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COURT: Miss Morrow, this evidence indicates that you entered that bank and that you had a weapon, too. Is that right? MISS MORROW: Yes, sir. COURT: And I believe the evidence indicated that you went over to see one of these defendants and suggested the bank robbery. Did you? MISS MORROW: I don't knew whether he said I suggested it but I was in the bank robbery. COURT: You were involved in it. MISS MORROW: Yes, sir. COURT: Do you have a drug problem? MISS MORROW: No, I don't. COURT: Well, these modern philosophies that have come forward lately about women's liberation is such that I reckon legally I can't make a distinction between your sentence and your co-defendants, but I'm old-fashioned enough I just don't believe in punishing women who participate in a crime with the men on the same basis as a man. Ordinarily I think the man takes the lead and persuades the female, the woman. That may not be so; that may be old-fashioned. I'm going to give you the benefit of that although the evidence seems to indicate that might not be the case here. But because of your age and the fact that you are a woman, the Court will not incarcerate you for quite as long as I did your co-defendant.


After sentencing, Maples moved for a reduction of his sentence under Rule 35, F.R.Cr.P., but the motion was denied. Maples asked that his sentence be reduced to ten years. In colloquy with counsel at the hearing on the motion, the district court pointed out that there were factors to justify a disparity in sentence between Maples, Morrow and Rivers-- their ages, and the fact that Maples had a prior record, although, as offsetting the latter, the district court stated that it took into consideration another charge pending against Morrow when Morrow was sentenced. Nevertheless, the fact is that in sentencing Morrow the district court expressly stated that her sex was a factor in the leniency of the sentence imposed on her.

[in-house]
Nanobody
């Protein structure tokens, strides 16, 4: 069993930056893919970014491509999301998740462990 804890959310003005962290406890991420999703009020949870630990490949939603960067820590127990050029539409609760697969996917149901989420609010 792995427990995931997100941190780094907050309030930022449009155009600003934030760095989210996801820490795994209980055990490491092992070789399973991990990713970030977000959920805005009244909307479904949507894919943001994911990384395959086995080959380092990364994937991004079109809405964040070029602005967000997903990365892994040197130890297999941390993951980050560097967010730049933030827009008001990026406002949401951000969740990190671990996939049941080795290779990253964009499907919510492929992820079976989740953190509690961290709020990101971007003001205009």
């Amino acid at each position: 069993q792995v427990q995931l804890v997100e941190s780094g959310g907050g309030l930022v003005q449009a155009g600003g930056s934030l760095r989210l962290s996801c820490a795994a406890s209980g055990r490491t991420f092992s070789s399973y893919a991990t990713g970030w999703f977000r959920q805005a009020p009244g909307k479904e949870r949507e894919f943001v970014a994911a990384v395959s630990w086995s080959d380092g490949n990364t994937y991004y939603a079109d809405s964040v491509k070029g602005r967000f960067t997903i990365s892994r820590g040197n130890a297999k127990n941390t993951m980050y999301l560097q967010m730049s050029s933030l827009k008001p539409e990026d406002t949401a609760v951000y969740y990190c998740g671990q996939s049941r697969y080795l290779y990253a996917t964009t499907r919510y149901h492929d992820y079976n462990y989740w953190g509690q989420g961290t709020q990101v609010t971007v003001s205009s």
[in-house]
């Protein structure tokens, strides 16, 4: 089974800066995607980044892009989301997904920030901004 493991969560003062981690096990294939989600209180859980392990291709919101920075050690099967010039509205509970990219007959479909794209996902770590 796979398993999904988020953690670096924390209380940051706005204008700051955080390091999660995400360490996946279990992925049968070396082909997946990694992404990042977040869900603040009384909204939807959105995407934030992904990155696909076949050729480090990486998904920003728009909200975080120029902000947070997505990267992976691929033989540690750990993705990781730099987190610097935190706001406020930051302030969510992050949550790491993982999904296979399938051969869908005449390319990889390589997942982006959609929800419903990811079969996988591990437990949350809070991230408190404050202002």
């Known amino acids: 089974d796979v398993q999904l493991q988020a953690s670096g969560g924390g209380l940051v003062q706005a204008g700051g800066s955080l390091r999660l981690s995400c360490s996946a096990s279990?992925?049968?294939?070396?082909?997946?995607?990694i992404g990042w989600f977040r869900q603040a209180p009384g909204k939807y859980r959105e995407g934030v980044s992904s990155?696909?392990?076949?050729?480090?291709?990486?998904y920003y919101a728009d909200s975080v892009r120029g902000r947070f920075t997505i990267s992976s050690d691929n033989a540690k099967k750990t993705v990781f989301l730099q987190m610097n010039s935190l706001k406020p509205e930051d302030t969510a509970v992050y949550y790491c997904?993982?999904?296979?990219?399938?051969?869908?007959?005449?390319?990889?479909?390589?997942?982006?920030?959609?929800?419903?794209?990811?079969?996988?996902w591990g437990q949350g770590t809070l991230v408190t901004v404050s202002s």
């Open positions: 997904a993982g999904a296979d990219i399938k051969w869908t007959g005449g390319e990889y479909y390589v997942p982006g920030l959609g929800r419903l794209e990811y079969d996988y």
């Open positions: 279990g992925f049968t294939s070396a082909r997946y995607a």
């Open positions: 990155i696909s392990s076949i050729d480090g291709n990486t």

We disclaim the right to exercise general appellate review over sentences, but we do not doubt our authority to vacate and correct sentences imposed in violation of constitutional or statutory rights. United States v. Powell, 487 F.2d 325 (4 Cir. 1973). See also Dorszynski v. United States,418 U.S. 424, 94 S.Ct. 3042, 41 L.Ed.2d 855 (1974), in which a sentence was vacated because not imposed in accordance with statute although general appellate review of sentences was denied. It is manifest from the statement of the district judge, in sentencing Morrow, that at least a part of the leniency shown her vis-a-vis her codefendants, was the fact that she was a woman. While a disparity of ages among co-defendants may, in a proper case, support disparate treatment in sentencing, as well as many other factors such a degree of guilt, prior record, likelihood of rehabilitation, need for deterrence, etc., in the instant case the district judge was candid in disclosing that these factors were not alone the reasons for the disparity. He expressly stated that sex was also a factor. Under current law, and absent any proof that rehabilitation or deterrence are more easily accomplished in the case of females rather than males, we deem the factor of sex an impermissible one to justify a disparity in sentences. Frontiero v. Richardson, 411 U.S. 677, 93 S.Ct. 1764, 36 L.Ed.2d 583 (1973); Reed v. Reed, 404 U.S. 71, 92 S.Ct. 251, 30 L.Ed.2d 225 (1971).